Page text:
Defamation, which includes libel and slander, is the making of false and malicious statements that are communicated either through writing or spoken words. Defamation can result in liability for the publisher or speaker of false and malicious information.
Written defamation, such as someone defaming someone in a book, magazine, or newspaper, is called libel. Spoken words about someone are called slander. A person who has been defamed can sue the person that did the defamation in civil court if they can prove the elements of defamation were present.
Defamation laws are in place to prevent people from ruining other people’s lives regarding careers, reputations, and personal life. On the other hand, individuals can speak freely about one another without being scared that they will get pulled into court for litigation.
What Are Defamation Laws?
As an area of law, defamation works to remedy situations in which someone’s words cause damage to someone else’s livelihood or reputation. A person who has experienced defamation, or has been defamed, may sue the person responsible for the defamation in a civil court.
Defamation of character is an umbrella term for any statement that damages another person’s reputation.
In the United States, laws are in place to prevent people from ruining other people’s lives regarding careers, reputations, and personal life. Nevertheless, citizens can speak freely about one another without fear that they will get pulled into court for litigation. Defamation laws attempt to balance this freedom of speech.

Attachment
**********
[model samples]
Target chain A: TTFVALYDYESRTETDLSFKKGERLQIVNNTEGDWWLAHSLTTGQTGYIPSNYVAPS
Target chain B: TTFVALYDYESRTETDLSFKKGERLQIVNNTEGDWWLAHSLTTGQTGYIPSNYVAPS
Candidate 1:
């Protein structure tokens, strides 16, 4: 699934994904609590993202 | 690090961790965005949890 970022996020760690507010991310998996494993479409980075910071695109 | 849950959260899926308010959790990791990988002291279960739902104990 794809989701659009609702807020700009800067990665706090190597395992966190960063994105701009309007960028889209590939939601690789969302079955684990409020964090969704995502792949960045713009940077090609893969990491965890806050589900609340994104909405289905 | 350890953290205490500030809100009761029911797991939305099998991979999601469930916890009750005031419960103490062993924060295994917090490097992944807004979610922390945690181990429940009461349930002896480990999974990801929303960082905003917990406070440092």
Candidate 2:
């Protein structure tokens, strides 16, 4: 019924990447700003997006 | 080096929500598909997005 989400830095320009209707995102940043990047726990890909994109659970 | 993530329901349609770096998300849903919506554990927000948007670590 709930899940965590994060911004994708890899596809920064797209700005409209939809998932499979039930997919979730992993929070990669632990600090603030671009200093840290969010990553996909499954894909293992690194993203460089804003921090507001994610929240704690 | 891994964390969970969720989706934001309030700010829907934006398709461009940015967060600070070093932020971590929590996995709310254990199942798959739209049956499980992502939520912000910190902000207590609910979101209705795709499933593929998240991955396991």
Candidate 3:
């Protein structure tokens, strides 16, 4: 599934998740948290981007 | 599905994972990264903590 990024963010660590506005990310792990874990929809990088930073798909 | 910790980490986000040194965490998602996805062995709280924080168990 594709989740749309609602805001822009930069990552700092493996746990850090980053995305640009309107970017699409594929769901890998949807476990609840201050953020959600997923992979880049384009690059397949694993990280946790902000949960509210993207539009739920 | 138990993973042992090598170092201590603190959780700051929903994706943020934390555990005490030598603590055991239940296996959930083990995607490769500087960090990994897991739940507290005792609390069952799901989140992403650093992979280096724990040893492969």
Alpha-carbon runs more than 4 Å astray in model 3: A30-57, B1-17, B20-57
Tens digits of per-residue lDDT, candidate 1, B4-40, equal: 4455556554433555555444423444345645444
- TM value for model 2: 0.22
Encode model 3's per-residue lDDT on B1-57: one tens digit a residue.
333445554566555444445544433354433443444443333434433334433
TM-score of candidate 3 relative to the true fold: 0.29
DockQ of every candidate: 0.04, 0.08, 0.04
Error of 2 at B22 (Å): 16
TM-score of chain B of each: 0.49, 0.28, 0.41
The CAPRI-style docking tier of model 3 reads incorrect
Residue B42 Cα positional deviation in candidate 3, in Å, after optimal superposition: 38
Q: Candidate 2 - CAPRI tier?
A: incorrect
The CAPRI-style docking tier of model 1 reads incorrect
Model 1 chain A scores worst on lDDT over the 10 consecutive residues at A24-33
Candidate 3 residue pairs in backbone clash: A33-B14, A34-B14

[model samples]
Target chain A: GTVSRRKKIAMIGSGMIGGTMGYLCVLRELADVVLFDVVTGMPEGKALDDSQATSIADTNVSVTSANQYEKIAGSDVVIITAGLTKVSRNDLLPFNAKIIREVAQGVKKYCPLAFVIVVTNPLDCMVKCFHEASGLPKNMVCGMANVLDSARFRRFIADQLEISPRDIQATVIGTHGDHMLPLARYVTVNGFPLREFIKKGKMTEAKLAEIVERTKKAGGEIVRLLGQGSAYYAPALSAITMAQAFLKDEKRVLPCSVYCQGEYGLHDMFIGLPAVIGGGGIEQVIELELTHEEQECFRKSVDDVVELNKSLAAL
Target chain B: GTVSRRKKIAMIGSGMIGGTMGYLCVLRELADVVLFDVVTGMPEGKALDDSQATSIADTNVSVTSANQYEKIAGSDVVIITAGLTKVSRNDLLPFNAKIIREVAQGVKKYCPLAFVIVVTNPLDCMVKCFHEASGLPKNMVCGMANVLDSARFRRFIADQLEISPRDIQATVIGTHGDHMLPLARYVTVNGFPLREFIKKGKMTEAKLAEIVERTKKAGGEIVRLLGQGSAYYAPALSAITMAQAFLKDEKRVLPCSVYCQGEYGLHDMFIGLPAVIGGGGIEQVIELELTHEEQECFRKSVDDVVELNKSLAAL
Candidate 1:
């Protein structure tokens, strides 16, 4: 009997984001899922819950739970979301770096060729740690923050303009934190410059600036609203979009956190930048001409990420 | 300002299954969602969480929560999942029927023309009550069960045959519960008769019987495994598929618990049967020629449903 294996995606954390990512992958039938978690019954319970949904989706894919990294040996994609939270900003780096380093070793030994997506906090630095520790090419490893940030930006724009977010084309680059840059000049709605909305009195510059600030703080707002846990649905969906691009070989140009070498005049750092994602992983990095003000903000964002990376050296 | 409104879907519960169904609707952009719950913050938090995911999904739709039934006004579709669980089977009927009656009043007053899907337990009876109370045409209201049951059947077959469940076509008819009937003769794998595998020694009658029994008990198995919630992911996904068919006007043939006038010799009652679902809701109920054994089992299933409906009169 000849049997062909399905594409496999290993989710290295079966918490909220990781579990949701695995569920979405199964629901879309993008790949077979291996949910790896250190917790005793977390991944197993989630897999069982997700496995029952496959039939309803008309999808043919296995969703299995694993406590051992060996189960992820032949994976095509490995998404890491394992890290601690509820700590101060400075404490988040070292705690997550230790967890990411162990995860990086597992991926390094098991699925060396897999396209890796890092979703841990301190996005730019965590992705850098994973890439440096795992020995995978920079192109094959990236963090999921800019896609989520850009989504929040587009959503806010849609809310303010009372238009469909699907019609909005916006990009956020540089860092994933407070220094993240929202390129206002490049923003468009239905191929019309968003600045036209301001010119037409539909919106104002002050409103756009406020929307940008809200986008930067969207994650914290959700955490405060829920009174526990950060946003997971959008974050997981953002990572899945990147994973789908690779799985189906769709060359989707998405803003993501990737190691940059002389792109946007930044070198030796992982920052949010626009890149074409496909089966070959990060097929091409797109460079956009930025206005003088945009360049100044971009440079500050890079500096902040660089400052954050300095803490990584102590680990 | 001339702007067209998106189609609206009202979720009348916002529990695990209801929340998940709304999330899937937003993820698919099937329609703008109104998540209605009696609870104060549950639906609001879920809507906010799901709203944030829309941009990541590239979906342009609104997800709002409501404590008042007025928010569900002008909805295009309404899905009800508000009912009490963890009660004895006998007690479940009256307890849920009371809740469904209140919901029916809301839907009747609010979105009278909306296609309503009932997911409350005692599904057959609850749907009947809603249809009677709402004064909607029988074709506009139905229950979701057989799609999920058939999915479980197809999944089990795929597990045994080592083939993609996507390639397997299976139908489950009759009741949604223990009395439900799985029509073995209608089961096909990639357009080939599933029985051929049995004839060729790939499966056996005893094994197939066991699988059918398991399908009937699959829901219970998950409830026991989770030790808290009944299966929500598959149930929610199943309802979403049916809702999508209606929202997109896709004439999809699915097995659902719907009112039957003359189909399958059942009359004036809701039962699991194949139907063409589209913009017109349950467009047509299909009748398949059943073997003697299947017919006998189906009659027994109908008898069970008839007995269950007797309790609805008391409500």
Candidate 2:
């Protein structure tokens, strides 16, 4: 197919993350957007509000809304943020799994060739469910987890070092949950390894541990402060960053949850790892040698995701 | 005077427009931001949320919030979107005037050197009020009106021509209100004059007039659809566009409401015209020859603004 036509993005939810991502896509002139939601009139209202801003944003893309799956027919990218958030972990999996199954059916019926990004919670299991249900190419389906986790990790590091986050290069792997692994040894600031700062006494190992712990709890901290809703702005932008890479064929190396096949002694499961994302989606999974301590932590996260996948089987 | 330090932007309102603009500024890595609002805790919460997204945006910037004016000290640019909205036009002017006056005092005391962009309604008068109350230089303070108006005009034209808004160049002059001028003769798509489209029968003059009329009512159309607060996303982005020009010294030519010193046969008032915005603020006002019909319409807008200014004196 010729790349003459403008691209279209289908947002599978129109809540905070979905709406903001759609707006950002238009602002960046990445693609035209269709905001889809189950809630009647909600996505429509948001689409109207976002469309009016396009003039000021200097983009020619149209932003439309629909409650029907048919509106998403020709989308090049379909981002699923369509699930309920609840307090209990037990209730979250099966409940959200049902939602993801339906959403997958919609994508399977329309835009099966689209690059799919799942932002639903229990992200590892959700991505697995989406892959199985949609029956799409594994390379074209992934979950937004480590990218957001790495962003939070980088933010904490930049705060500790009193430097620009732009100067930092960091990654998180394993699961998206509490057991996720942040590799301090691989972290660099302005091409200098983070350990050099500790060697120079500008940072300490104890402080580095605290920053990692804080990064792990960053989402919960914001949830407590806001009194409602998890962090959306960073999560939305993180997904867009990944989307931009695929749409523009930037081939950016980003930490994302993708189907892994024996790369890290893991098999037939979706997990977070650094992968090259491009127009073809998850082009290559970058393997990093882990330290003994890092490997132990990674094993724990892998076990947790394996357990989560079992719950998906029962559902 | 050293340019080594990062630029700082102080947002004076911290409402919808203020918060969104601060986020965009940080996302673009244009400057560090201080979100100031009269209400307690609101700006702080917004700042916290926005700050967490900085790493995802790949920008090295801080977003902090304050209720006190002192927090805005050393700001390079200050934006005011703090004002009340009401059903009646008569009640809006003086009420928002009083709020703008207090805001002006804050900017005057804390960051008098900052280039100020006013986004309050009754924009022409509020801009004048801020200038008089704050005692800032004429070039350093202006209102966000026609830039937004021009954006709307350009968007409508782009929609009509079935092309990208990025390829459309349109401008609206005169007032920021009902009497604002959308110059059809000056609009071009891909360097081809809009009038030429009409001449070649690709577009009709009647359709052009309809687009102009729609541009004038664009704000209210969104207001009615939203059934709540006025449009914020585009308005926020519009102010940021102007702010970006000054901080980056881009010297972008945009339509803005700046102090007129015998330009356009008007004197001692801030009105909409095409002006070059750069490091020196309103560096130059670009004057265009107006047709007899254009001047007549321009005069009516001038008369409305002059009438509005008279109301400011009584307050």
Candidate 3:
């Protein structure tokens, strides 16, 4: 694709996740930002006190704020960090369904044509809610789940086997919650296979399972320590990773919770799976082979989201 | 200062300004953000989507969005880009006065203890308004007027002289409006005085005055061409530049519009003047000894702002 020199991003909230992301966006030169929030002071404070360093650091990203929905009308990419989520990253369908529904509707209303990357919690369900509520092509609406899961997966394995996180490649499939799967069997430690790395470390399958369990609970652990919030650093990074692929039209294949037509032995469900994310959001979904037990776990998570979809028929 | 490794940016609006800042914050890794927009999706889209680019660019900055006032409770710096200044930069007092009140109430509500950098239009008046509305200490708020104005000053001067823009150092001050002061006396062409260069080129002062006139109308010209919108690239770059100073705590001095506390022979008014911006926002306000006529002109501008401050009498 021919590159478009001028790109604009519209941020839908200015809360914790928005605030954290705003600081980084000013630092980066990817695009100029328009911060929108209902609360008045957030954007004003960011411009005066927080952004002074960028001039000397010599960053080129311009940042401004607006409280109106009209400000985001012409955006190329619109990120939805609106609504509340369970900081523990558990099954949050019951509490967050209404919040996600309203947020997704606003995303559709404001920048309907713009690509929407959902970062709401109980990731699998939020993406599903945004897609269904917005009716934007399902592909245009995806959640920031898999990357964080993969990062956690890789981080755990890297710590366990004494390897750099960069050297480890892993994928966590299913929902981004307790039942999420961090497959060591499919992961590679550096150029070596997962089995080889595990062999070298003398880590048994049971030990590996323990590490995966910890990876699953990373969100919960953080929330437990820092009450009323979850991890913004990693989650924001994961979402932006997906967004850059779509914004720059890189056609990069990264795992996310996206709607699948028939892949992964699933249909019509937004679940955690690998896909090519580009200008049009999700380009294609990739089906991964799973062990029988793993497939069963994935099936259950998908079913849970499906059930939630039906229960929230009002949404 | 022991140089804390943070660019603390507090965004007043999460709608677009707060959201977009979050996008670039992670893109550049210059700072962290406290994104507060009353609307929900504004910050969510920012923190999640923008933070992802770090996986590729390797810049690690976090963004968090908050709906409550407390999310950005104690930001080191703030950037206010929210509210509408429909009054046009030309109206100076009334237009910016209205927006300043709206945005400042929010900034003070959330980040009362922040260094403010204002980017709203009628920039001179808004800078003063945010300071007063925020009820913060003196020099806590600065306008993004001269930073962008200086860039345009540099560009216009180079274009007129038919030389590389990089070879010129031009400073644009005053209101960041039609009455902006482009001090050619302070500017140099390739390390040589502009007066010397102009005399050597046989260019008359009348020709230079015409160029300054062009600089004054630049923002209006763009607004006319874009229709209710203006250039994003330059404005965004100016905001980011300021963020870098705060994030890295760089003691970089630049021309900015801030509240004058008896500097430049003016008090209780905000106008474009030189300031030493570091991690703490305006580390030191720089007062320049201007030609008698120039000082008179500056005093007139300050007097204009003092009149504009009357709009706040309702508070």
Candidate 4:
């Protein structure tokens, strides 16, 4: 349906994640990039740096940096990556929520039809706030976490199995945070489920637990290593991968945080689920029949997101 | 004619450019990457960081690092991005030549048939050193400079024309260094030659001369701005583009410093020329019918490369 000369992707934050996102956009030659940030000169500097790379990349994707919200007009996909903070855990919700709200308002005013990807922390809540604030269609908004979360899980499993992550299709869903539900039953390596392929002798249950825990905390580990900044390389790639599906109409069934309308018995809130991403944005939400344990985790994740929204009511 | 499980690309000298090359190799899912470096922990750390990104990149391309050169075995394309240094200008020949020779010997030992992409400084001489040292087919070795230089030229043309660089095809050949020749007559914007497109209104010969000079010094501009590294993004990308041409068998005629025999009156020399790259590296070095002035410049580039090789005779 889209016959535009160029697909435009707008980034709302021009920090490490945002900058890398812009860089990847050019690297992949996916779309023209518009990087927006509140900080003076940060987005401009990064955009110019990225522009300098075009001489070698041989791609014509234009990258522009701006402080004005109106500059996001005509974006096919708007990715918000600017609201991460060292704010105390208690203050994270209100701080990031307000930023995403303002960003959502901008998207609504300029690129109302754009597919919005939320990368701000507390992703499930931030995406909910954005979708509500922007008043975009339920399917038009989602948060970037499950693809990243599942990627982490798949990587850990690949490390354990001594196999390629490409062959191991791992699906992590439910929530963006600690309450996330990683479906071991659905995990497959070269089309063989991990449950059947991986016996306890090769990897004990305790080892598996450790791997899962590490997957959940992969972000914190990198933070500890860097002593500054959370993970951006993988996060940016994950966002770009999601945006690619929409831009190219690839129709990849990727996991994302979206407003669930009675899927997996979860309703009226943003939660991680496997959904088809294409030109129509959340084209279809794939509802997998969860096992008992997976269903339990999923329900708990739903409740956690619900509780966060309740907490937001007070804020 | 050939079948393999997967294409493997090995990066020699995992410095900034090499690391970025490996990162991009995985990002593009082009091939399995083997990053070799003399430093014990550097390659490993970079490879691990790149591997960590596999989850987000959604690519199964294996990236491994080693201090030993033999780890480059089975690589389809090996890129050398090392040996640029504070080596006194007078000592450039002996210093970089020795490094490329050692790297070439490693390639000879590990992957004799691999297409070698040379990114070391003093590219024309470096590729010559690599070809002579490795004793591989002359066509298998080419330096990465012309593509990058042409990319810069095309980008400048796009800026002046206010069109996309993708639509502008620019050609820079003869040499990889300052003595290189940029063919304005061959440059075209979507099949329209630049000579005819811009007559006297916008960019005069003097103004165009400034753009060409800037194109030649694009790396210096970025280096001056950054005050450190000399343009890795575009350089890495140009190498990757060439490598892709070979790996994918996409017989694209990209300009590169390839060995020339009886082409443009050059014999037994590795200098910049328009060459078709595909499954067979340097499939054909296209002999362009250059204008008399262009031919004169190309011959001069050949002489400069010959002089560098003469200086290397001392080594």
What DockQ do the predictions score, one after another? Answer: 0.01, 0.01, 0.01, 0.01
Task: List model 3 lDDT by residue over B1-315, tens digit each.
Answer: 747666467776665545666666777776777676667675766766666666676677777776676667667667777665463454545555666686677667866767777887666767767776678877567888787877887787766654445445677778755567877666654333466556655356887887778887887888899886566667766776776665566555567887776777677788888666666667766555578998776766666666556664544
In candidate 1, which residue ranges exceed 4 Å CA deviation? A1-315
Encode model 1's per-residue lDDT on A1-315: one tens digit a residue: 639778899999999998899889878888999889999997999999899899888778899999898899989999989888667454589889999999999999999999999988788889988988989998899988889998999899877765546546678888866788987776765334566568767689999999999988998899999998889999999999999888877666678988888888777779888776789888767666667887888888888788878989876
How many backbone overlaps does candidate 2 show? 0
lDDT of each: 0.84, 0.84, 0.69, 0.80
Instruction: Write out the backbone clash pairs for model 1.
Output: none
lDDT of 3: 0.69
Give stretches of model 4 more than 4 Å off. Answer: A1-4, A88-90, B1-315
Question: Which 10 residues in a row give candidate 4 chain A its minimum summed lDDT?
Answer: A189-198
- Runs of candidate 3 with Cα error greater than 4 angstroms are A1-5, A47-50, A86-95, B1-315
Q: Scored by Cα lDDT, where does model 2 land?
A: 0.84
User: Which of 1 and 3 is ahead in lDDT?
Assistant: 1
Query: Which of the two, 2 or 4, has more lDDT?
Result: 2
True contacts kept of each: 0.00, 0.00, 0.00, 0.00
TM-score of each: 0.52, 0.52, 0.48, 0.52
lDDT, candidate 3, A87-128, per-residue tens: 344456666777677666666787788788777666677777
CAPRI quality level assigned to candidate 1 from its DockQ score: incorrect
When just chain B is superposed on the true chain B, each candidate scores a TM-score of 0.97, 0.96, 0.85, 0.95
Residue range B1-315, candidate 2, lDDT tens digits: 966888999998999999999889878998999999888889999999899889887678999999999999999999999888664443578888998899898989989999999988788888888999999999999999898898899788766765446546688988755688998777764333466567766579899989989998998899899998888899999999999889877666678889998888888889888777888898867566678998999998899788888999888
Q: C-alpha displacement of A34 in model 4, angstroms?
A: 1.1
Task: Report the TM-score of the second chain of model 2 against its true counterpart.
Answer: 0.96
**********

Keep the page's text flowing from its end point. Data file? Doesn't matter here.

What Is the Difference Between Libel and Slander?
Written defamation, such as defaming someone in a book or newspaper, is libel. This definition of libel can also extend to cover businesses, not just individuals. Additionally, libel can refer to visual depictions and published statements made on radio, audio, and video.
Libel is considered damaging to a person’s reputation because large amounts of people can read defaming information. To recover for libel, the false statement must harm the other person’s reputation, as opposed to being merely insulting or offensive.
Spoken defamatory words are called slander. Slander involves the oral “publication” of defamatory remarks that a third party hears. The difference between libel and slander lies in the method of publication. Recently, it has been determined that there are few differences between the two terms. The Illinois Supreme Court explained in the Bryson v. News America Publication, Inc. case that “libel and slander are now treated alike, and the same rules apply to a defamatory statement regardless of whether the statement is written or oral.”
Why Does the Distinction Matter?
Because defamation in the form of libel is generally more injurious than slander, courts generally look at libelous cases as more serious. In some circumstances, the distinction between libel and slander is less clear. If the defamation is more permanent, such as an article or a recording, it is more likely that a court will consider it libel.
This distinction matters because, in many cases, it comes down to damages. If a plaintiff can prove that a statement was libelous “on its face,” damages are presumed. Proving actual specifics and amount of loss (special damages) is not necessary. Nevertheless, if the statement was slanderous, the plaintiff will likely have to prove special damages.
Generally speaking, libel and slander are civil claims. Some states do recognize an action for criminal defamation. Most state criminal libel statutes recognize statements that cause a breach of the peace and may criminalize published statements that are dishonest or expose someone to hatred, mockery, and contempt.